The Three Strikes Law and Juvenile Offenses (Part 2)

by | Apr 3, 2022 | Blog, Criminal Law, Monmouth County, New Jersey, Ocean County

The New Jersey Supreme Court continued in relevant part: Second, an enhanced life-without-parole sentence is not grossly disproportionate where the offense is a dangerous and violent first-degree crime, such as armed robbery or attempted murder, the offenses for which defendant here received his final strike. Furthermore, as we noted in Oliver, repeat offenders are already subject to mandatory enhanced sentences under other statutes like the Habitual Offender Act and the Graves Act. This consistent application of extended terms reflects a legislative determination that such lengthy sentences are proportionate to the offenses covered by these statutes.

Lastly and most importantly, the punishment serves the legitimate penological objective of incapacitating serious third-time offenders. The Three Strikes Law “was a response to a genuine legislative concern that repeat offenders pose a unique danger to society,” as rehabilitative efforts have failed those defendants. Accordingly, the Legislature determined that an enhanced sentence of life without parole is necessary to protect the public from the most dangerous persistent offenders.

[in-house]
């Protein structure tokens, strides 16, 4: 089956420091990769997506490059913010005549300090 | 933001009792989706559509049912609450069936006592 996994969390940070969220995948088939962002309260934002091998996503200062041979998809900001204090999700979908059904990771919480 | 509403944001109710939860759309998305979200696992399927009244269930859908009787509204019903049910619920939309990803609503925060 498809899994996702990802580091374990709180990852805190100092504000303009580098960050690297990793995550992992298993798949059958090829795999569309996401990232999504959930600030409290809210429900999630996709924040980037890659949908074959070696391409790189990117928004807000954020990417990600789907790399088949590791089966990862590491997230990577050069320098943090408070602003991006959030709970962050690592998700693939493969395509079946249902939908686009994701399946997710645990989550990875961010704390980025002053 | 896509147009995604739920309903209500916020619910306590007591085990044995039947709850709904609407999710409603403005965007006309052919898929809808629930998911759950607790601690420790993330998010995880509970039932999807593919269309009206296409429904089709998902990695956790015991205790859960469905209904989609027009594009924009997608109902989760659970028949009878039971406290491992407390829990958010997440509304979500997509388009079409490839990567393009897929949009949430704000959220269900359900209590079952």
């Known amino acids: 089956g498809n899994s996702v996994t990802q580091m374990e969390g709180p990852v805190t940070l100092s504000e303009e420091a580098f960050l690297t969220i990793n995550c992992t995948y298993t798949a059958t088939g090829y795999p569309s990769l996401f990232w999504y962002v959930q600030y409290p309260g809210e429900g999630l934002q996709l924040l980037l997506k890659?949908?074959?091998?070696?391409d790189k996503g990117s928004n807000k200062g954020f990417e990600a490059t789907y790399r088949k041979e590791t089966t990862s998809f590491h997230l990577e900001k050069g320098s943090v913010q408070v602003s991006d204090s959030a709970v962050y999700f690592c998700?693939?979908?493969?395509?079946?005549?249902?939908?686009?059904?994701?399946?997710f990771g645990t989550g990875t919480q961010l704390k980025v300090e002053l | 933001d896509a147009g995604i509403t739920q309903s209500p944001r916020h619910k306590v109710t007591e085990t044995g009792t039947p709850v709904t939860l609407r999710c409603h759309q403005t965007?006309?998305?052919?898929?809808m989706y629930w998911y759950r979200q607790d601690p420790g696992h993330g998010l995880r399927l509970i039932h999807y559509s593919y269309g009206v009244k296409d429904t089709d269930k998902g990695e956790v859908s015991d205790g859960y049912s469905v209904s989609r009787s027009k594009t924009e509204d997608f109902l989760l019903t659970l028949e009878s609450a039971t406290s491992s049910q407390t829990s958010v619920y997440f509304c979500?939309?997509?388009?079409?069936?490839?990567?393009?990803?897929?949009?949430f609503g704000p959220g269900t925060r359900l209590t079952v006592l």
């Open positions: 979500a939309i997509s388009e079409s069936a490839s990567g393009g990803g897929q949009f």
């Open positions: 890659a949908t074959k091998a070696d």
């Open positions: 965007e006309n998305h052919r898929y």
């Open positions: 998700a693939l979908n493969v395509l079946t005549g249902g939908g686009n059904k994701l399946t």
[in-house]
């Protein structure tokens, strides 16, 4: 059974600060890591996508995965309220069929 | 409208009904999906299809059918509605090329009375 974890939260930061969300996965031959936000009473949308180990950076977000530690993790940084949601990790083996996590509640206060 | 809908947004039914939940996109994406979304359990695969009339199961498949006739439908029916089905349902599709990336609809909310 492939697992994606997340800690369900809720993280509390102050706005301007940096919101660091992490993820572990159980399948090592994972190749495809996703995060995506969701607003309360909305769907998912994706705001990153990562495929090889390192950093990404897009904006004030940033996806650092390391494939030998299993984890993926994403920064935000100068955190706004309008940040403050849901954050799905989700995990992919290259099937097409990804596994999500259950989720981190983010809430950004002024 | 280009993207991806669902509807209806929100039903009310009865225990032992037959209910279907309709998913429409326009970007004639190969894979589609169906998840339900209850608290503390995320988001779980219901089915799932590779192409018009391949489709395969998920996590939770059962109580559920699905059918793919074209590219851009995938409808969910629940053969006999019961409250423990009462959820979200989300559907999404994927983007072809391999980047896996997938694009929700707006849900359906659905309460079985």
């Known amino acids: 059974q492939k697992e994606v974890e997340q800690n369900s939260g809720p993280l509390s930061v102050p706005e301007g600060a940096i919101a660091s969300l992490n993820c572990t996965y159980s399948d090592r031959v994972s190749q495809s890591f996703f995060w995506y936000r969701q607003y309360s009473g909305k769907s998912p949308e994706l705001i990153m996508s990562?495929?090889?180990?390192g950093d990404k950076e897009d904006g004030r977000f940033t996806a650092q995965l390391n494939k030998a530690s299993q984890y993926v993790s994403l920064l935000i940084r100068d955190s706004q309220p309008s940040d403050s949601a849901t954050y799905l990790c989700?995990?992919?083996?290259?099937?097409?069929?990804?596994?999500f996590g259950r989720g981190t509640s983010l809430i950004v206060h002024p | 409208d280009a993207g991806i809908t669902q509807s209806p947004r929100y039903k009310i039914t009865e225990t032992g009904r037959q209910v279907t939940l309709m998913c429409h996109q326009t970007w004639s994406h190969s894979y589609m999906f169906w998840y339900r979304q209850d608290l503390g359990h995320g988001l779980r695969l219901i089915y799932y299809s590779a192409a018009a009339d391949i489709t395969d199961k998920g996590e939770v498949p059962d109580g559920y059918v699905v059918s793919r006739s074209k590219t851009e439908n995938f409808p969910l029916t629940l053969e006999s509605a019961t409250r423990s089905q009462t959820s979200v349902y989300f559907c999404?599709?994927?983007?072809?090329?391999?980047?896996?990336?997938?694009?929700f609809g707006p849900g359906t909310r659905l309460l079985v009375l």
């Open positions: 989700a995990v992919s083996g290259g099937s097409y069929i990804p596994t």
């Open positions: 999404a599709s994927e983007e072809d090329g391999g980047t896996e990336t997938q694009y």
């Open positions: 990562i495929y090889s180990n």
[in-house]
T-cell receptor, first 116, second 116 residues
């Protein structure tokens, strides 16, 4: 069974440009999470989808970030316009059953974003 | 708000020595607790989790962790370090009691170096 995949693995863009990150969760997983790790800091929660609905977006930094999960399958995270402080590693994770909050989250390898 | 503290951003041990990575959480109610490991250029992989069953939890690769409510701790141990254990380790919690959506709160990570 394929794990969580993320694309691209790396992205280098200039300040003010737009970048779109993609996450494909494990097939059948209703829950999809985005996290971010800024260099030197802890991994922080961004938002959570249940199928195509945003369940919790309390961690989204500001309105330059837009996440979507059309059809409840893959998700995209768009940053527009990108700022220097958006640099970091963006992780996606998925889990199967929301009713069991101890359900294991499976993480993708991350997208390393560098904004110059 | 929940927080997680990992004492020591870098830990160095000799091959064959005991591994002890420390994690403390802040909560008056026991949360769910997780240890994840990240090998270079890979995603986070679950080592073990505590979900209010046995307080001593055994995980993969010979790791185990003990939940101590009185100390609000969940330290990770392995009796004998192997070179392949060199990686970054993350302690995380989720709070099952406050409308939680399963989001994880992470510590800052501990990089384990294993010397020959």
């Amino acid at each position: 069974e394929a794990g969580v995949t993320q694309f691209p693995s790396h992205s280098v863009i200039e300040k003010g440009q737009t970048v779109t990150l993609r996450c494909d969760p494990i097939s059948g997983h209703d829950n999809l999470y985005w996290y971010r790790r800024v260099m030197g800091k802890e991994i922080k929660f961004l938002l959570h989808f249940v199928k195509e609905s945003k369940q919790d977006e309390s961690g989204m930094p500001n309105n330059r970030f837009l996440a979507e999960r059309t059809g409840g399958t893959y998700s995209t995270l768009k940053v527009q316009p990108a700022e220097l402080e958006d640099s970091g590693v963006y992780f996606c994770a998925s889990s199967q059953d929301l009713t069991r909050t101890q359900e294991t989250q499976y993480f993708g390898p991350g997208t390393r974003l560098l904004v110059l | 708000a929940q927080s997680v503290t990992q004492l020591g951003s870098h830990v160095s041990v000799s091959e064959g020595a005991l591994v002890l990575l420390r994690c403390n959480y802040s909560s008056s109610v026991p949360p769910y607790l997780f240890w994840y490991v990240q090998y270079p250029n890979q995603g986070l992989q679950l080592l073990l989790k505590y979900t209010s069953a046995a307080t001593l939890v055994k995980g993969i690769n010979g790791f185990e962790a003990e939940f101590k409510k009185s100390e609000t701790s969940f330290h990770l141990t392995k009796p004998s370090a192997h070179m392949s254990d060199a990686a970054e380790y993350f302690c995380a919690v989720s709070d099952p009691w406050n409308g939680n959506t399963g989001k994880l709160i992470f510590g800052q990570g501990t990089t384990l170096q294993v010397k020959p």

Here, defendant received his enhanced sentence on his third armed robbery conviction, having already served three and a third years of a ten-year prison sentence for his first offense, committed at the age of sixteen. Defendant was not only undeterred by incarceration, but his crimes committed after release from state prison grew increasingly violent: defendant assaulted two Wawa employees during the commission of his first post-release offense and then, before his arrest, shot a store clerk during his final robbery. In sum, defendant’s sentence accords with all elements of the three-part test and therefore does not constitute cruel and unusual punishment within the meaning of the Federal or State Constitution.

The Habitual Offender Act is often overlooked by courts and prosecutors. To qualify for an extended term under the Act, the defendant must: be 21 or older at the time of the crime, have committed two distinct prior crimes as an adult, and the last in time crime or release from confinement must have occurred within ten years of the most recent crime.